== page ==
America's Ebola Preppers Go Shopping for Clorox

America's Ebola Preppers Go Shopping for Clorox
Sales of cleaning products have soared over the past few weeks, and scores of worried customers on social media want to know if their household products can stop Ebola (Photograph by Daniel Acker/Bloomberg)
Photograph by Daniel Acker/Bloomberg

“I’m glad, given the Ebola scare, you’re still shaking my hand,” Jon Stewart greeted his Daily Show guest Bill O’Reilly last night. Then he pushed a bottle of hand sanitizer toward O’Reilly and told him, “Everything is going to be OK.”

Stewart was poking fun at O’Reilly, who on his show, The O’Reilly Factor, has been freaking out about Ebola in a way that his Fox News colleague Kristen Powers told him was “bordering on hysterical.” But even if most people are not yet calling for the head of the Centers of Disease Control & Prevention to resign—as O’Reilly has been—there does seem to be a general agreement that, well, a few extra squirts of hand sanitizer couldn’t hurt.

Sales of cleaning products have soared over the past few weeks, according to Nielsen data collected by Deutsche Bank (and reported by AdAge). Clorox has jumped the most so far, with a 28 percent sales boost over last month. General disinfectants were up nearly 13 percent, and hand sanitizer sales have climbed 8 percent.

Lysol’s Facebook page is currently overrun by people asking if its products will help them fight the deadly, incurable virus. “Does Lysol work on Ebola??” an Illinois woman named Stacey Henderson recently asked, noting that the product she purchased does not mention Ebola-killing properties on its can. “Does Lysol Spray kill the Ebola virus on hard surfaces?” a woman named Carrie asked. “If so, how long should it remain on the surface? Does it kill it on soft surfaces? Again, how long?” The Clorox Facebook page is similarly overrun.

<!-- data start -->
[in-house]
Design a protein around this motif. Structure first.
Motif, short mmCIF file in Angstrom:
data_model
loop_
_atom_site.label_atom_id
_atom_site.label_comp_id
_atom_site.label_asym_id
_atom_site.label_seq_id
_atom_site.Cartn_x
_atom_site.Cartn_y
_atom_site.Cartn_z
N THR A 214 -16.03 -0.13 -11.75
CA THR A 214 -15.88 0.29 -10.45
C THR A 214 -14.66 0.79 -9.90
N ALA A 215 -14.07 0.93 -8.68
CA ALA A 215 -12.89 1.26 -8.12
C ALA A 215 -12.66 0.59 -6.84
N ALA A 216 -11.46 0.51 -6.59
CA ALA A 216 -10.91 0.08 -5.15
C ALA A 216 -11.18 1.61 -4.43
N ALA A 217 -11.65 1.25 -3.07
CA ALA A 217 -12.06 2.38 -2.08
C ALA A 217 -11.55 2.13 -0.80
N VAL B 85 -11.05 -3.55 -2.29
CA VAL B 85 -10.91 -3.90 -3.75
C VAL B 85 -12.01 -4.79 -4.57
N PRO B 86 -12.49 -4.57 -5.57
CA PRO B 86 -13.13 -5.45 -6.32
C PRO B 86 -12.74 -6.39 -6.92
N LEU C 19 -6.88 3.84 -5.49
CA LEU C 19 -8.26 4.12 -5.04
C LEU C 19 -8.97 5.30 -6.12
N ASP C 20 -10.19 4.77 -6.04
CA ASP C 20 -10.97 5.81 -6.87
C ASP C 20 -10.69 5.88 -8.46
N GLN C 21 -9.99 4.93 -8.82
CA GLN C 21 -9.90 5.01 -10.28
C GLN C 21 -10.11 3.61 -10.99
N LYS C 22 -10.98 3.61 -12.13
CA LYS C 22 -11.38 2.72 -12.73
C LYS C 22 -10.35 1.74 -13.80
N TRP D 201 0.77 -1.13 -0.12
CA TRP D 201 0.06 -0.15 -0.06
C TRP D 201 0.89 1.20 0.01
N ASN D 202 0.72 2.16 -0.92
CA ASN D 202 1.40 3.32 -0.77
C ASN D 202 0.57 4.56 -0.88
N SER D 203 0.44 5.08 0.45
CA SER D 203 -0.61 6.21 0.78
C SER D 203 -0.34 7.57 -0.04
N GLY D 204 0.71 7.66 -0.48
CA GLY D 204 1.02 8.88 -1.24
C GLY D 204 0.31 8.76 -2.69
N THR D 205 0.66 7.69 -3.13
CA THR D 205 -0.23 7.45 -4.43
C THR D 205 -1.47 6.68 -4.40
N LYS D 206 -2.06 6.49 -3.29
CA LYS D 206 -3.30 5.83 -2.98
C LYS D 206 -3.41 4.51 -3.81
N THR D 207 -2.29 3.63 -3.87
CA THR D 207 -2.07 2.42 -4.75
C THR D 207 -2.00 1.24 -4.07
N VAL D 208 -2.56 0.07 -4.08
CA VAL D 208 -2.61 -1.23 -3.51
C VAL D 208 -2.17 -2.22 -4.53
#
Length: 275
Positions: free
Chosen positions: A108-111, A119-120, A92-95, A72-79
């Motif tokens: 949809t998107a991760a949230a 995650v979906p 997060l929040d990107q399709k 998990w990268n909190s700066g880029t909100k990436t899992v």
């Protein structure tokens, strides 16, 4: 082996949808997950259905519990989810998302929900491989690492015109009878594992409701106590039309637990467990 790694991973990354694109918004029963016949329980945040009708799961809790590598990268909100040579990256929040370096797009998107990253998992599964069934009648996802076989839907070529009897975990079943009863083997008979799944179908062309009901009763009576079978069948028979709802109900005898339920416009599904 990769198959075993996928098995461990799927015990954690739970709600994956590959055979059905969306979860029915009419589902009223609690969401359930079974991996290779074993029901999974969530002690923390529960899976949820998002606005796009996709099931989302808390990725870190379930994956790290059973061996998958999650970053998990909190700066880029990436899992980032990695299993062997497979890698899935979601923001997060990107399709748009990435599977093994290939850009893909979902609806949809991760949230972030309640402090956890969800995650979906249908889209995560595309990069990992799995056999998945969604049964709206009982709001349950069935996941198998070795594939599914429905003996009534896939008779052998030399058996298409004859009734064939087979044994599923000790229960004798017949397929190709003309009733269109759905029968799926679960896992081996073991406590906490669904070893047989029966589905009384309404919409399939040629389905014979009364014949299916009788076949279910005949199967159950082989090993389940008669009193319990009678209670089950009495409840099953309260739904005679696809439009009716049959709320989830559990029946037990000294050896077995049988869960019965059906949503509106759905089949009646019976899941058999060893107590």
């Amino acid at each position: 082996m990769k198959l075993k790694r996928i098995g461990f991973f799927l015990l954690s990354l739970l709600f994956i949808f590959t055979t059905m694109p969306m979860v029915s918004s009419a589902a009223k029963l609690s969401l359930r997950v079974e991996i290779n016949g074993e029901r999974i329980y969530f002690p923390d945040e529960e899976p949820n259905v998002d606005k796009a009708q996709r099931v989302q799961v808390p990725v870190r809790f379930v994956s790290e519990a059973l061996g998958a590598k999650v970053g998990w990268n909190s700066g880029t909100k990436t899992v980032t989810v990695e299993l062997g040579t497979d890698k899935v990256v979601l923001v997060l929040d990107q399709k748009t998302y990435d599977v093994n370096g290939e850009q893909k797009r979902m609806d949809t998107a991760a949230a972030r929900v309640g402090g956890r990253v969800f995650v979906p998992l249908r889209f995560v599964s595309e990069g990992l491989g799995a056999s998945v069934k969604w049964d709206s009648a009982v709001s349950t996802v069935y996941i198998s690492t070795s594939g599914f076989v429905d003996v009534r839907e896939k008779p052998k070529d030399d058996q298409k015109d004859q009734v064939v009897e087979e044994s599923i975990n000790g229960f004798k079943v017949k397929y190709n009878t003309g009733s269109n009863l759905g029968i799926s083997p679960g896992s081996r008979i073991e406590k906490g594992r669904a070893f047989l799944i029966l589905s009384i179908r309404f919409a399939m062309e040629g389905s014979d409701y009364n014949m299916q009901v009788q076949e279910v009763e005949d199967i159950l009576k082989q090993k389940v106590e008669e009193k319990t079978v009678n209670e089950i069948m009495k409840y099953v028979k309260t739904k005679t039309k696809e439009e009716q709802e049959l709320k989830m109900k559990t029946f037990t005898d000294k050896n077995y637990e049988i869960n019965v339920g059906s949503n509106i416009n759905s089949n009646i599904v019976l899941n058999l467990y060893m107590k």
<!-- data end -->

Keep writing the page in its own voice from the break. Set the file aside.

According to both the CDC and the Association for Professionals in Infection Control & Epidemiology, only hospital-grade, EPA-approved cleaners should be used on areas contaminated with Ebola. Surprisingly, that includes some household products made from companies such as Lysol and Clorox.

Lysol has updated its website with a flashy graphic and easy-to-find information about its products’ effectiveness against Ebola. Its disinfectant sprays are EPA-approved for hospitals. While they haven’t been formally tested on Ebola, Lysol says that “based on their ability to kill similar as well as harder-to-kill viruses, these products are likely to be effective against the Ebola virus.”

Clorox isn’t quite so forward with its Ebola information, although its bleach and disinfectant wipes also meet the CDC’s hospital-grade criteria. The company has recently shipped 12,000 bottles of bleach to infected regions in West Africa.

“Clorox, we are all looking at you. ‪#‎ebola‬,” a woman named Meg Mo wrote on the company’s Facebook page earlier today. Or as a man named Justin Van Elsberg put it, “Help us Clorox, you’re our only hope.”

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